You would think that the people charged with conducting due diligence for a potential acquisition would subscribe to the adage, "Haste makes waste." Long ago, I was involved in an acquisition in which that saying was ignored, at great expense. It's a situation that's painful to recall but full of valuable lessons.
The target was a technology-based company. Its business involved receiving timely financial data over its own network, using proprietary software to analyze it and then providing the results to subscribers, again over its own network. The company's revenue stream was 100% dependent on properly functioning IT.
Despite that, my technology function was not represented on the "acquisition hit team," as its members referred to it. I argued that my group's assessment could be crucial in such an acquisition, but the hit team's leader, an outside M&A consultant, replied that it wouldn't be necessary because he was comfortable with technical matters. He told me that he didn’t have time to keep every internal technical, corporate and administrative function involved in every acquisition decision. I was a newly appointed CIO, and seeing no support for my position, I didn't press the matter.
Very quickly, though, what should have been clear warnings about the dangerous ground we were treading on started appearing. To make sure that the acquisition was under the radar of the business community, the acquisition hit team gave the targeted company the code name of "Merry Widow." The team decided that the target should have a code name for referring to our company as well, and it thought it would be a sign of goodwill to let people at the target company choose one. Their response? "Milk and Honey." Somehow, no one on our team saw the significance in how Merry Widow pictured us.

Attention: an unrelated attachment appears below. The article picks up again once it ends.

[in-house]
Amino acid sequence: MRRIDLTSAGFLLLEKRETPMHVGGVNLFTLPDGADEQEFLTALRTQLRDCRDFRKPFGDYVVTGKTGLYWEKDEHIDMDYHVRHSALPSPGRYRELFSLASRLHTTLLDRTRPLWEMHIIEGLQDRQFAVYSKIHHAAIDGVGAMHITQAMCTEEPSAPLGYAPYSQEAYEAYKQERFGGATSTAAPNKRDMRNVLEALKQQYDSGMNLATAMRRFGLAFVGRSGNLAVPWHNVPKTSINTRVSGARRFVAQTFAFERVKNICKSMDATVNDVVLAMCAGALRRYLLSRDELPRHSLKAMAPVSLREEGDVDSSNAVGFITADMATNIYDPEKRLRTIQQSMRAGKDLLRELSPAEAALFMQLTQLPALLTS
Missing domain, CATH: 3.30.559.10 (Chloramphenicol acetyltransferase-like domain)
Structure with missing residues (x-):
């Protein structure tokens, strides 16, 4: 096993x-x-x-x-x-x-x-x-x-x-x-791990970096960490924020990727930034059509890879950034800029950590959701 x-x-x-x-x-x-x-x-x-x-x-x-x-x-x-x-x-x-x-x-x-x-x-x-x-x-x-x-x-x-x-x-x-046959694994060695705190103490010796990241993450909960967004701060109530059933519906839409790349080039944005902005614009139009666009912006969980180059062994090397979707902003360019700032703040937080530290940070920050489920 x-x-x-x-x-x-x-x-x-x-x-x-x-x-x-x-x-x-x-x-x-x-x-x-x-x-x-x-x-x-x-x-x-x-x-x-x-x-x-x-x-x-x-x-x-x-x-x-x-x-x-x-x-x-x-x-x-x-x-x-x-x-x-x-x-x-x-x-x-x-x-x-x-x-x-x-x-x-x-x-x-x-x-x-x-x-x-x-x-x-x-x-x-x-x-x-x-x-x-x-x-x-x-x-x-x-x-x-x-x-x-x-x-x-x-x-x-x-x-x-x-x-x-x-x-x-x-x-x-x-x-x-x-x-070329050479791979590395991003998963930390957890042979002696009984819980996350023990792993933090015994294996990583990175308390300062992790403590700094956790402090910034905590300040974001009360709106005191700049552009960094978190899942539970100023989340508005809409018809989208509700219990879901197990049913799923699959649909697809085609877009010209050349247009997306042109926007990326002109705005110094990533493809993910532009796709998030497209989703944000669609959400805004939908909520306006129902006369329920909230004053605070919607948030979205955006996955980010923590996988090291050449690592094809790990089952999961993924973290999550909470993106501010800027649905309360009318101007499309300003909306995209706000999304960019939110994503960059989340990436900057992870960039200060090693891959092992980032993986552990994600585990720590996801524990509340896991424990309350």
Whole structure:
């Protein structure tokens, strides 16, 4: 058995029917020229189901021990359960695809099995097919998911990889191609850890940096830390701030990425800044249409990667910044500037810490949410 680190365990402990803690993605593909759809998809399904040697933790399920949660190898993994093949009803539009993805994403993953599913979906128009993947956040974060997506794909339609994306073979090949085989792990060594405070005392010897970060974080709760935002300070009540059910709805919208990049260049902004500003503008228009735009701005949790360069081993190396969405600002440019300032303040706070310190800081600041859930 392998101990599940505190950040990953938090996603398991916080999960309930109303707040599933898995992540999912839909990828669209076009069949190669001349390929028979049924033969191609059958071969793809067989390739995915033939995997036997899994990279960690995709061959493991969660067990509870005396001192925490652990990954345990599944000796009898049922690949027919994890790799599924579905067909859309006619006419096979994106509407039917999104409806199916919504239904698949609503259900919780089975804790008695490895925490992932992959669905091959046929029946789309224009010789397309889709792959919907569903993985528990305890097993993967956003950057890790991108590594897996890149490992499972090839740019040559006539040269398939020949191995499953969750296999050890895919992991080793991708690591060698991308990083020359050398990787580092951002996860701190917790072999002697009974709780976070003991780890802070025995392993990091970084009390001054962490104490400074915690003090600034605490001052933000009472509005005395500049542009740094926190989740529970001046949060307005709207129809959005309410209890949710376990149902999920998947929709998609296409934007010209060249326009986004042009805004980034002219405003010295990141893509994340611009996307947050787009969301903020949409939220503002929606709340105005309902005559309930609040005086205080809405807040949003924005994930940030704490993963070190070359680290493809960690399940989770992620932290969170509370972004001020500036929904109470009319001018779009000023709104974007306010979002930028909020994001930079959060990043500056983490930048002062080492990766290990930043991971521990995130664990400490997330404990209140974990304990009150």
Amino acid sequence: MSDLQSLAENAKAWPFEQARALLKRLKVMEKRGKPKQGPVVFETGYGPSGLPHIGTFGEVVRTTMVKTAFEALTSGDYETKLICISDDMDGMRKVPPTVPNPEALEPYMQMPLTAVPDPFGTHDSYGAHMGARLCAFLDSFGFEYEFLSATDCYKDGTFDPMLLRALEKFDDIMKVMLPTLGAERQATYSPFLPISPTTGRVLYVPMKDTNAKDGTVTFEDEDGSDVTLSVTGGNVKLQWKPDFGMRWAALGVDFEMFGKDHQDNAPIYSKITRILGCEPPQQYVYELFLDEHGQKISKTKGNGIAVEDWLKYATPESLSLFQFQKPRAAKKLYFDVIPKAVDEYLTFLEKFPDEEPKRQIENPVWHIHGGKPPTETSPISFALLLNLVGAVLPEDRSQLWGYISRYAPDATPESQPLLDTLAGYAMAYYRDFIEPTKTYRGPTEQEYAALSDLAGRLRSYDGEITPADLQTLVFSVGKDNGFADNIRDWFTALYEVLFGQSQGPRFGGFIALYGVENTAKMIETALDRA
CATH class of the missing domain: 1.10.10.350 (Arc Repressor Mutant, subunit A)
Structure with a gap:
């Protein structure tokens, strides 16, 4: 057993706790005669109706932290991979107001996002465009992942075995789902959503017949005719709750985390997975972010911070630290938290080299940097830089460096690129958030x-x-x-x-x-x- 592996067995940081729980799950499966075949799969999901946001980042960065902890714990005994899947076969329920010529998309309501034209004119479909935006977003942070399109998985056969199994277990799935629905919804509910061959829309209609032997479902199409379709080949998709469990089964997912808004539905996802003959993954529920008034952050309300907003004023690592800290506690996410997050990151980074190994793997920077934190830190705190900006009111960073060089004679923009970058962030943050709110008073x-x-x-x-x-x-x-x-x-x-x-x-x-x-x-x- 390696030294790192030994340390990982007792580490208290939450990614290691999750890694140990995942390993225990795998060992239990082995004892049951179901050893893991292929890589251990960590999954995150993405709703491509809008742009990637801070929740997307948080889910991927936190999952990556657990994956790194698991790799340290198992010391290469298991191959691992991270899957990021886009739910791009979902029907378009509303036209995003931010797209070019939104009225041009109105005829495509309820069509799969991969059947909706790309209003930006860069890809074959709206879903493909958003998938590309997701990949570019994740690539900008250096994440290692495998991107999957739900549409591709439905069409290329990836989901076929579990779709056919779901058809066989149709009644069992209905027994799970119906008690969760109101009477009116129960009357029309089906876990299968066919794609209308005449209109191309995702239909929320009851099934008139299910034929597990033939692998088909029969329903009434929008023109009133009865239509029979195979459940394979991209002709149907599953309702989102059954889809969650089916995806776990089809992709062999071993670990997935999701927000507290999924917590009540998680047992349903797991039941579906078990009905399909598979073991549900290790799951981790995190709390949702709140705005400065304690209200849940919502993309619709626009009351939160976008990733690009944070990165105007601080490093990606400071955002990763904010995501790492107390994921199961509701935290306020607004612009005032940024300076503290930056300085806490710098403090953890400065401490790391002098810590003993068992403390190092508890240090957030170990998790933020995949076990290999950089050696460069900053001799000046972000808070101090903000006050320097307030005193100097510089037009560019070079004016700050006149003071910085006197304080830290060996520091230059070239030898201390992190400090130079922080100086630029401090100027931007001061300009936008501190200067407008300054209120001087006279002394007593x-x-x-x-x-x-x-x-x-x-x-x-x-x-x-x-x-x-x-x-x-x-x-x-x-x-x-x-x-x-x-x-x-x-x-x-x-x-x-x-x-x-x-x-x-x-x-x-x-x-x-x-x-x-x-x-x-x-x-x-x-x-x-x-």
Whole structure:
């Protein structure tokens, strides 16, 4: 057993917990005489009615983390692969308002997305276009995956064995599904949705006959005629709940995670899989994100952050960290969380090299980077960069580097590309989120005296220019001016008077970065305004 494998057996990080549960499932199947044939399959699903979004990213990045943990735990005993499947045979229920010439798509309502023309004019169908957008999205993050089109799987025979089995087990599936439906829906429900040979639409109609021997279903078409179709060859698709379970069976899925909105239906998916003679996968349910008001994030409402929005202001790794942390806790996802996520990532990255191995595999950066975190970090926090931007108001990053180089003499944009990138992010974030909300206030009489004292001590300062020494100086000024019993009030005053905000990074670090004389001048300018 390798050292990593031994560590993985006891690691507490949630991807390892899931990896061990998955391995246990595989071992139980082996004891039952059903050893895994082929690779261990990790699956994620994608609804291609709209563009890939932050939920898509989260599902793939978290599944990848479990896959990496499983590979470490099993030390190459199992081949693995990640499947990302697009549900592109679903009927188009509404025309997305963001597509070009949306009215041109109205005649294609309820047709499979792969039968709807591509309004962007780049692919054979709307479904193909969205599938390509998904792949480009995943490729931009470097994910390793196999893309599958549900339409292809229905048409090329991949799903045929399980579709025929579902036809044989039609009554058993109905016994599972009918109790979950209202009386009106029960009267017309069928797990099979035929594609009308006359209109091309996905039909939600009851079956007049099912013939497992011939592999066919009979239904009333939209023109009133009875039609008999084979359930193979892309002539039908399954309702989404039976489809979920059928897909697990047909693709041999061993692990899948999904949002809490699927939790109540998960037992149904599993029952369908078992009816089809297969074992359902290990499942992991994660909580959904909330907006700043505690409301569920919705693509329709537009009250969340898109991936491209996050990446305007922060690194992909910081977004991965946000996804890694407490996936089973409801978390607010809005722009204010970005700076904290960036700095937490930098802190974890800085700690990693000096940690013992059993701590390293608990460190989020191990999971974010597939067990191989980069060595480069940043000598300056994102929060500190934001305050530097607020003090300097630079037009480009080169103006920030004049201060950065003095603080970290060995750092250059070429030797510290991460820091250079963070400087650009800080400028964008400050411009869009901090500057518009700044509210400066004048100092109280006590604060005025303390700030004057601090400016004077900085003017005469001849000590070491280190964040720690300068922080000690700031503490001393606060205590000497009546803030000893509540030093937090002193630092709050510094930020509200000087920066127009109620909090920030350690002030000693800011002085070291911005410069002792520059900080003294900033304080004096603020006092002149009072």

A couple of weeks into due diligence, Merry Widow's financial and growth indicators looked positive. Its profitability appeared stable and rising, if slowly, and surprisingly, its costs didn't increase with volume growth or with recent additions to what was offered to Merry Widow's clients.
At that point, Merry Widow told the leader of our acquisition hit team that it had been approached by another company interested in acquiring it. Merry Widow's response had been "Not now," but our hit team leader panicked.
He convened an urgent meeting with our president and general management team (which included me). He told us that he and his team were very positive about Merry Widow, and therefore not surprised that another company was sniffing around. Because of the risk that we could lose the chance to acquire Merry Widow to a competitor, he suggested cutting the due diligence period from 90 days to 30 — two more weeks! A couple of us on the management team wanted to take longer and err on the side of caution. We argued that we needed to fully understand this technology-based company before investing in it. A compromise was reached: that due diligence period was cut to six weeks. Merry Widow quickly agreed. Another clue....